Samora La Perdida is a gifted comedian and drag artist. This may be a two-character play, but with a literal rainbow of drag personas, La Perdida is an ensemble cast in themself. Now, more about those fabulous ensembles La Perdida gets to wear: In addition to being Director, David Mendizábal is also credited as Costume Designer; they have formerly designed for drag superstar BeBe Zahara Benet . With meticulous attention to detail, the costumes are no less than spectacular, with each piece seemingly outdoing the previous one. In the more serious role of Lolita, Christine Carmela Herrero expertly balances the play’s weighty themes (of which, as mentioned before, there are many) with the over-the-top moments (of which, as also mentioned before, there are many). The two actors could not be more perfectly matched.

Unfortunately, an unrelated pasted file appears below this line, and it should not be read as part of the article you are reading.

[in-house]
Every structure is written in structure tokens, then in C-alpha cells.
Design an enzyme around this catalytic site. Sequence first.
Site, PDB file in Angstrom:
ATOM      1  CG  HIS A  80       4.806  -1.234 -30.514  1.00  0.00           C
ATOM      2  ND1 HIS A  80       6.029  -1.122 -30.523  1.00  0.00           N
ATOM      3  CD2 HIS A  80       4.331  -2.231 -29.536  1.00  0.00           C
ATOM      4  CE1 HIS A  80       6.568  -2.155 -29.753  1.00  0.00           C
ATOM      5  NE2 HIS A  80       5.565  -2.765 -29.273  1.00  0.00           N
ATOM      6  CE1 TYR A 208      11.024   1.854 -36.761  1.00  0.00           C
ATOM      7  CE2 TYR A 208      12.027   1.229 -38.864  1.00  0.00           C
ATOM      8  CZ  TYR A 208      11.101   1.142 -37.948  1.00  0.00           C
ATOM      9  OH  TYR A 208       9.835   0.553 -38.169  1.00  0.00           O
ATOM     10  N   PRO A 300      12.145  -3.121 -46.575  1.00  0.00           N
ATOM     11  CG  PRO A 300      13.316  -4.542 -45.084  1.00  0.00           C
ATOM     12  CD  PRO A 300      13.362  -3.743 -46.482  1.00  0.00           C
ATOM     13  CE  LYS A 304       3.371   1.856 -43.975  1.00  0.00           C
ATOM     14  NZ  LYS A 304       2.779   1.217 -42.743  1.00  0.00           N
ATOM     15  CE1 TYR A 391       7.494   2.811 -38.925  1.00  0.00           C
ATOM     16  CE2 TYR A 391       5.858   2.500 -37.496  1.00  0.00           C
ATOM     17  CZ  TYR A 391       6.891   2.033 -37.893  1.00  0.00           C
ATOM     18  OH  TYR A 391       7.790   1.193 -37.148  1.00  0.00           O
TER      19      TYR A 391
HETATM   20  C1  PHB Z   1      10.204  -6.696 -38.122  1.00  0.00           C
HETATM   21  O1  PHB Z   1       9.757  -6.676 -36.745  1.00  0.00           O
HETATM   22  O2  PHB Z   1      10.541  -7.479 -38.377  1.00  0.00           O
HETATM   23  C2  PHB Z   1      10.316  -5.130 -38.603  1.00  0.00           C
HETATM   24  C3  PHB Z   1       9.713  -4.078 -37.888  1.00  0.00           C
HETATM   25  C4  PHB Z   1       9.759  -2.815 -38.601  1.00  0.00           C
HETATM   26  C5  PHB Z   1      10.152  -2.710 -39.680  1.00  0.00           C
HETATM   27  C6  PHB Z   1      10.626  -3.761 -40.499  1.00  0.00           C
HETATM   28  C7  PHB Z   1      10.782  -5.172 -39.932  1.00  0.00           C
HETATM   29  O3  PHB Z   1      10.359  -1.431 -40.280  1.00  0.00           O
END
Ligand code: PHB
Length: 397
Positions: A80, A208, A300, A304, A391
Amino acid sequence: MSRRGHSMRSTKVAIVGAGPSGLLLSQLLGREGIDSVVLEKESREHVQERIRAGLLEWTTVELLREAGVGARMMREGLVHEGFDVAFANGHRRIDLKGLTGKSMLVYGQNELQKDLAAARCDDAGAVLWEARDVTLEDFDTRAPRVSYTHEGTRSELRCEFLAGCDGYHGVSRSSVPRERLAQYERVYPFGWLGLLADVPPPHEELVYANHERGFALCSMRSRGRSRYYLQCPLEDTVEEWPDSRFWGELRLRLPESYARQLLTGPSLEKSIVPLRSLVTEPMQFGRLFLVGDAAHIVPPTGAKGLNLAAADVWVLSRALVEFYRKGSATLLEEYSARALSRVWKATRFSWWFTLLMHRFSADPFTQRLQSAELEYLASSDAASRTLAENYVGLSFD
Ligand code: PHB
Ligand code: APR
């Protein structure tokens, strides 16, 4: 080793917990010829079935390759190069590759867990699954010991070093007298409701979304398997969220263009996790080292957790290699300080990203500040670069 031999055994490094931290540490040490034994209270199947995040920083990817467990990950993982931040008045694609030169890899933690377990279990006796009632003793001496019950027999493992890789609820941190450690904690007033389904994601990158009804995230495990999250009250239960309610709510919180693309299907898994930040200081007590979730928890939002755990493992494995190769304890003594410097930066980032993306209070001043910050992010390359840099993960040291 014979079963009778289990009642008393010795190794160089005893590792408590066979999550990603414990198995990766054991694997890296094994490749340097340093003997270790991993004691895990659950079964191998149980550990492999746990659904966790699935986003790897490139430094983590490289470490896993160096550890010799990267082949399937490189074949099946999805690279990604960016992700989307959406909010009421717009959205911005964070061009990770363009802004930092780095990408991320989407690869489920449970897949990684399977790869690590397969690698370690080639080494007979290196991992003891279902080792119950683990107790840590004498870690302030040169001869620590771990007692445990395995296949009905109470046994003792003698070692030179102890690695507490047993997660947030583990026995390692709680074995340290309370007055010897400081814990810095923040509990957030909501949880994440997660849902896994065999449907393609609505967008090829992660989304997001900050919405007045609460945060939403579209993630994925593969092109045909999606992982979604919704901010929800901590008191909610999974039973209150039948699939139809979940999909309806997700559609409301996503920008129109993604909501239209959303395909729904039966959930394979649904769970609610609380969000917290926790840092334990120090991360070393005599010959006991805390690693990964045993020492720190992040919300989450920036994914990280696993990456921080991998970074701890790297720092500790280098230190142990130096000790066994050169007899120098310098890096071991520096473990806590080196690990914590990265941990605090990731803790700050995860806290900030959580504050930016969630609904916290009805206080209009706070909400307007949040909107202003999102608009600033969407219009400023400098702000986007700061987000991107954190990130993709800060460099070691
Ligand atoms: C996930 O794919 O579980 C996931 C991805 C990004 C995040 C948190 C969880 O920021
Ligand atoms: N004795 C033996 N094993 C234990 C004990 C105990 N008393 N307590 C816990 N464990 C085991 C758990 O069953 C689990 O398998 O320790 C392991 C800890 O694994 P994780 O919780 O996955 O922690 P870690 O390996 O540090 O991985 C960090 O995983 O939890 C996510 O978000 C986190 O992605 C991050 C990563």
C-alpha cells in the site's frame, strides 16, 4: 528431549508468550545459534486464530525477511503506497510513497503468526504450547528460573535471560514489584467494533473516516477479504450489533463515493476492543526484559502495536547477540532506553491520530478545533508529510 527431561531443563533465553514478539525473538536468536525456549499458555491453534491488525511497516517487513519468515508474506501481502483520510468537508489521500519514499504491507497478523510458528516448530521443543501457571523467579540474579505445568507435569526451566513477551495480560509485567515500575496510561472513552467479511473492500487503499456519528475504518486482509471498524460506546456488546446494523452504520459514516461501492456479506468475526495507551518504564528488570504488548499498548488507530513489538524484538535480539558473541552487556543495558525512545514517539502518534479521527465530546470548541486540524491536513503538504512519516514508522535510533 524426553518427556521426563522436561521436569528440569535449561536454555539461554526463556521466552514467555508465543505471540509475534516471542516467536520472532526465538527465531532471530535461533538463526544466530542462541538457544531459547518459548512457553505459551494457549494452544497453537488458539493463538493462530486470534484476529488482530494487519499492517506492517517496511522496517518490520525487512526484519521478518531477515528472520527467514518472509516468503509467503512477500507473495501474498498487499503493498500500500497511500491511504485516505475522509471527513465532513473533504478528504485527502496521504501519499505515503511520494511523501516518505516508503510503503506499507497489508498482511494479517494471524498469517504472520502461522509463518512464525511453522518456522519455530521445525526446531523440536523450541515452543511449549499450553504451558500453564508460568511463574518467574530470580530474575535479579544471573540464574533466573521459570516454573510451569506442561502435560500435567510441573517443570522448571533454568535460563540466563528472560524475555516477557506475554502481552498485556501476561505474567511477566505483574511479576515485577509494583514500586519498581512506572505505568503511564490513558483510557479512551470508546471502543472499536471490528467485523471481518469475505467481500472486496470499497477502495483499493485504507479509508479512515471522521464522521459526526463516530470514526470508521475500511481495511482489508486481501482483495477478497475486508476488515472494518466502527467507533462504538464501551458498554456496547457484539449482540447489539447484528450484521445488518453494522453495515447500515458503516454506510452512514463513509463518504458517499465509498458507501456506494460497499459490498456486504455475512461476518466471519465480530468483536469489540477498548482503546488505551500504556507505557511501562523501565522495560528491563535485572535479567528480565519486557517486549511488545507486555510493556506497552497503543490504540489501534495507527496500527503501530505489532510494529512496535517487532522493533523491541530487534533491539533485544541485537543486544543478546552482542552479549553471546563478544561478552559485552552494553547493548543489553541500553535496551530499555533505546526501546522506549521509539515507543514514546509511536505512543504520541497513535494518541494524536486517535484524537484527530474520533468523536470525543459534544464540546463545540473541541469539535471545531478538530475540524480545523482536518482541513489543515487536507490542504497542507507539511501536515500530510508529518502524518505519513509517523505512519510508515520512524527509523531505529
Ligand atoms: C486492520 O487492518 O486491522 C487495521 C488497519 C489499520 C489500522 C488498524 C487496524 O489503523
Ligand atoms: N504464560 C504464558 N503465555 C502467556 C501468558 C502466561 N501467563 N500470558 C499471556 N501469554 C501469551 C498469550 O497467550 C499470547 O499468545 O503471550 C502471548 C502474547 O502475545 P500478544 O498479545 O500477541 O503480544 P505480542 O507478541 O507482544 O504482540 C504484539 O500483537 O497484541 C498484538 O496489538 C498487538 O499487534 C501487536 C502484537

In addition to the cast and to the creative directorial touches by Mendizábal, special kudos must be given to the lighting by Kate McGee. The clean, sharp lighting, which occasionally bathes the stage in different colors to match the scenes, gives the production an “HD” look and greatly enhances the actors’ very expressive features.
Defying both gender and genre, Notes on Killing Seven Oversight, Management and Economic Stability Board Members may best be described as a drag fantasia on serious cultural, economic, and political themes. As a glittery fantasy and a clear-eyed reality, it succeeds as both.
Soho Rep, in partnership with The Sol Project presents Mara Vélez Meléndez’ Notes on Killing Seven Oversight, Management and Economic Stability Board Members. The piece is directed by David Mendizábal and continues through June 19 at Soho Rep, 46 Walker Street, New York City. Tickets are $35 with 99 cent Sundays on June 5 and 12. Visit www.sohorep.org or call 646-586-8982 for tickets.
(Photos by Julieta Cervante.)